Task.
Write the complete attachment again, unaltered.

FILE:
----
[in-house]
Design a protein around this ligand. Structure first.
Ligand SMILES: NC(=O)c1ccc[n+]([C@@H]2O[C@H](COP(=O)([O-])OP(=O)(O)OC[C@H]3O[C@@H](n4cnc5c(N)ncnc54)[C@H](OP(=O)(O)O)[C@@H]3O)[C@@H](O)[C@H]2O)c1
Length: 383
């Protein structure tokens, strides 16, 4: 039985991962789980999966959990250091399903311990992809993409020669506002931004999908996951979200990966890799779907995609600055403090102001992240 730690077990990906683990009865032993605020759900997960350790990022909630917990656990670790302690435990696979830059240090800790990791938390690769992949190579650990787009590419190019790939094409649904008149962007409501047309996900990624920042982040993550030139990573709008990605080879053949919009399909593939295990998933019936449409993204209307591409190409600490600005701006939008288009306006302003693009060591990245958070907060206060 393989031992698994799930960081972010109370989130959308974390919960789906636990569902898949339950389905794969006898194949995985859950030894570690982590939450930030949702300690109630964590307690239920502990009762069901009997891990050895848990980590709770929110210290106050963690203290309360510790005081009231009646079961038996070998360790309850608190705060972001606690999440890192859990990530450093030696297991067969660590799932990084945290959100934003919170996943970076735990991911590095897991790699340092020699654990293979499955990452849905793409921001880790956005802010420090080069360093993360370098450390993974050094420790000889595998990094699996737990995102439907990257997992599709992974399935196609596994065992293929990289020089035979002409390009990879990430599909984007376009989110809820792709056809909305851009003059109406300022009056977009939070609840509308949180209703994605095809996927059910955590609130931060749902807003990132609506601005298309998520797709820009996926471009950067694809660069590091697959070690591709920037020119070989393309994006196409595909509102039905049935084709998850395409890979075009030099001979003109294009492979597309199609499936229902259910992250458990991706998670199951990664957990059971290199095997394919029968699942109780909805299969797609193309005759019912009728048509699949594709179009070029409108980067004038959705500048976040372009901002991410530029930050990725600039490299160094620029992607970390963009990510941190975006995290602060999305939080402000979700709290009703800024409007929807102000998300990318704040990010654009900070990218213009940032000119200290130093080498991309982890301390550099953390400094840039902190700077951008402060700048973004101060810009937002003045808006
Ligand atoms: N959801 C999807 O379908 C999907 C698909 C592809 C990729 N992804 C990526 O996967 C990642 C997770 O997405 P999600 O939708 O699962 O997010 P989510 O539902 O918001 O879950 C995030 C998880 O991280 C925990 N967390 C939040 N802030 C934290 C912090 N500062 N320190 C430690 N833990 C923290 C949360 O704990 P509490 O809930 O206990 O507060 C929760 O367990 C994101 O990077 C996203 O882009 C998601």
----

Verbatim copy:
[in-house]
Design a protein around this ligand. Structure first.
Ligand SMILES: NC(=O)c1ccc[n+]([C@@H]2O[C@H](COP(=O)([O-])OP(=O)(O)OC[C@H]3O[C@@H](n4cnc5c(N)ncnc54)[C@H](OP(=O)(O)O)[C@@H]3O)[C@@H](O)[C@H]2O)c1
Length: 383
């Protein structure tokens, strides 16, 4: 039985991962789980999966959990250091399903311990992809993409020669506002931004999908996951979200990966890799779907995609600055403090102001992240 730690077990990906683990009865032993605020759900997960350790990022909630917990656990670790302690435990696979830059240090800790990791938390690769992949190579650990787009590419190019790939094409649904008149962007409501047309996900990624920042982040993550030139990573709008990605080879053949919009399909593939295990998933019936449409993204209307591409190409600490600005701006939008288009306006302003693009060591990245958070907060206060 393989031992698994799930960081972010109370989130959308974390919960789906636990569902898949339950389905794969006898194949995985859950030894570690982590939450930030949702300690109630964590307690239920502990009762069901009997891990050895848990980590709770929110210290106050963690203290309360510790005081009231009646079961038996070998360790309850608190705060972001606690999440890192859990990530450093030696297991067969660590799932990084945290959100934003919170996943970076735990991911590095897991790699340092020699654990293979499955990452849905793409921001880790956005802010420090080069360093993360370098450390993974050094420790000889595998990094699996737990995102439907990257997992599709992974399935196609596994065992293929990289020089035979002409390009990879990430599909984007376009989110809820792709056809909305851009003059109406300022009056977009939070609840509308949180209703994605095809996927059910955590609130931060749902807003990132609506601005298309998520797709820009996926471009950067694809660069590091697959070690591709920037020119070989393309994006196409595909509102039905049935084709998850395409890979075009030099001979003109294009492979597309199609499936229902259910992250458990991706998670199951990664957990059971290199095997394919029968699942109780909805299969797609193309005759019912009728048509699949594709179009070029409108980067004038959705500048976040372009901002991410530029930050990725600039490299160094620029992607970390963009990510941190975006995290602060999305939080402000979700709290009703800024409007929807102000998300990318704040990010654009900070990218213009940032000119200290130093080498991309982890301390550099953390400094840039902190700077951008402060700048973004101060810009937002003045808006
Ligand atoms: N959801 C999807 O379908 C999907 C698909 C592809 C990729 N992804 C990526 O996967 C990642 C997770 O997405 P999600 O939708 O699962 O997010 P989510 O539902 O918001 O879950 C995030 C998880 O991280 C925990 N967390 C939040 N802030 C934290 C912090 N500062 N320190 C430690 N833990 C923290 C949360 O704990 P509490 O809930 O206990 O507060 C929760 O367990 C994101 O990077 C996203 O882009 C998601």